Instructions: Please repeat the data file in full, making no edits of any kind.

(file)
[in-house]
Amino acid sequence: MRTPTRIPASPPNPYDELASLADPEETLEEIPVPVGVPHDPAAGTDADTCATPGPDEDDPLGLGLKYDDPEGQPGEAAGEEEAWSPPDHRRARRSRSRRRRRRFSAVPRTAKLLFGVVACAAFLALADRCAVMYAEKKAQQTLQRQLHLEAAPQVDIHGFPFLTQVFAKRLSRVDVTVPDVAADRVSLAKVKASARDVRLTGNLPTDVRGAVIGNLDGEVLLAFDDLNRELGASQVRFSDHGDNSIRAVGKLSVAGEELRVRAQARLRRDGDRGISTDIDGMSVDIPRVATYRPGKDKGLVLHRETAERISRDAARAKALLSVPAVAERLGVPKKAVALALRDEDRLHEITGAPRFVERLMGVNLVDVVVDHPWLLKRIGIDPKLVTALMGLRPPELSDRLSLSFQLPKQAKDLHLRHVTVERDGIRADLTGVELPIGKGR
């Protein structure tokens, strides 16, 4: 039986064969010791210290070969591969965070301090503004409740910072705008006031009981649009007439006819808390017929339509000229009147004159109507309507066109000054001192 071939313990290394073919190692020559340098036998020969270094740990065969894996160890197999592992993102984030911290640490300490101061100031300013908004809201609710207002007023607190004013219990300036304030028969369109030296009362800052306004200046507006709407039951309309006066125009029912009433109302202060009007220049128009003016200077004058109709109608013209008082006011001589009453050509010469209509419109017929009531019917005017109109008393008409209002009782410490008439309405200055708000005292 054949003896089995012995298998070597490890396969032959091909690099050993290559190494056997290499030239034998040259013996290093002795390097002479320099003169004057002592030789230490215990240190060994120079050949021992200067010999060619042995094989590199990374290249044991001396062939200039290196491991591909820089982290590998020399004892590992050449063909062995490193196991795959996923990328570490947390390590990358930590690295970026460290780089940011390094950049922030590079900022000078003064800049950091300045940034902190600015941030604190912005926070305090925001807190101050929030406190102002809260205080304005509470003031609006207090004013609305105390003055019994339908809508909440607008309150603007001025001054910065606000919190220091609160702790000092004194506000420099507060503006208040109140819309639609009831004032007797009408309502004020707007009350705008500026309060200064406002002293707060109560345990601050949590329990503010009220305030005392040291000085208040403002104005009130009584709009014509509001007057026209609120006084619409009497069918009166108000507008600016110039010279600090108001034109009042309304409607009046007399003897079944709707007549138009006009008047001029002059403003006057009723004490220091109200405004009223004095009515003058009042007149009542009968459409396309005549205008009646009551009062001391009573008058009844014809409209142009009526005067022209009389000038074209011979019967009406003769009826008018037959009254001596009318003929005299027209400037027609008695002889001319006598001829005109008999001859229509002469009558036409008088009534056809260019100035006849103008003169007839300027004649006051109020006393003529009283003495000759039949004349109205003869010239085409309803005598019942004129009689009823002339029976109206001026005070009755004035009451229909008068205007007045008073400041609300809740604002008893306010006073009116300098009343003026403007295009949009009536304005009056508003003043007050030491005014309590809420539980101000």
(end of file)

[in-house]
Amino acid sequence: MRTPTRIPASPPNPYDELASLADPEETLEEIPVPVGVPHDPAAGTDADTCATPGPDEDDPLGLGLKYDDPEGQPGEAAGEEEAWSPPDHRRARRSRSRRRRRRFSAVPRTAKLLFGVVACAAFLALADRCAVMYAEKKAQQTLQRQLHLEAAPQVDIHGFPFLTQVFAKRLSRVDVTVPDVAADRVSLAKVKASARDVRLTGNLPTDVRGAVIGNLDGEVLLAFDDLNRELGASQVRFSDHGDNSIRAVGKLSVAGEELRVRAQARLRRDGDRGISTDIDGMSVDIPRVATYRPGKDKGLVLHRETAERISRDAARAKALLSVPAVAERLGVPKKAVALALRDEDRLHEITGAPRFVERLMGVNLVDVVVDHPWLLKRIGIDPKLVTALMGLRPPELSDRLSLSFQLPKQAKDLHLRHVTVERDGIRADLTGVELPIGKGR
């Protein structure tokens, strides 16, 4: 039986064969010791210290070969591969965070301090503004409740910072705008006031009981649009007439006819808390017929339509000229009147004159109507309507066109000054001192 071939313990290394073919190692020559340098036998020969270094740990065969894996160890197999592992993102984030911290640490300490101061100031300013908004809201609710207002007023607190004013219990300036304030028969369109030296009362800052306004200046507006709407039951309309006066125009029912009433109302202060009007220049128009003016200077004058109709109608013209008082006011001589009453050509010469209509419109017929009531019917005017109109008393008409209002009782410490008439309405200055708000005292 054949003896089995012995298998070597490890396969032959091909690099050993290559190494056997290499030239034998040259013996290093002795390097002479320099003169004057002592030789230490215990240190060994120079050949021992200067010999060619042995094989590199990374290249044991001396062939200039290196491991591909820089982290590998020399004892590992050449063909062995490193196991795959996923990328570490947390390590990358930590690295970026460290780089940011390094950049922030590079900022000078003064800049950091300045940034902190600015941030604190912005926070305090925001807190101050929030406190102002809260205080304005509470003031609006207090004013609305105390003055019994339908809508909440607008309150603007001025001054910065606000919190220091609160702790000092004194506000420099507060503006208040109140819309639609009831004032007797009408309502004020707007009350705008500026309060200064406002002293707060109560345990601050949590329990503010009220305030005392040291000085208040403002104005009130009584709009014509509001007057026209609120006084619409009497069918009166108000507008600016110039010279600090108001034109009042309304409607009046007399003897079944709707007549138009006009008047001029002059403003006057009723004490220091109200405004009223004095009515003058009042007149009542009968459409396309005549205008009646009551009062001391009573008058009844014809409209142009009526005067022209009389000038074209011979019967009406003769009826008018037959009254001596009318003929005299027209400037027609008695002889001319006598001829005109008999001859229509002469009558036409008088009534056809260019100035006849103008003169007839300027004649006051109020006393003529009283003495000759039949004349109205003869010239085409309803005598019942004129009689009823002339029976109206001026005070009755004035009451229909008068205007007045008073400041609300809740604002008893306010006073009116300098009343003026403007295009949009009536304005009056508003003043007050030491005014309590809420539980101000």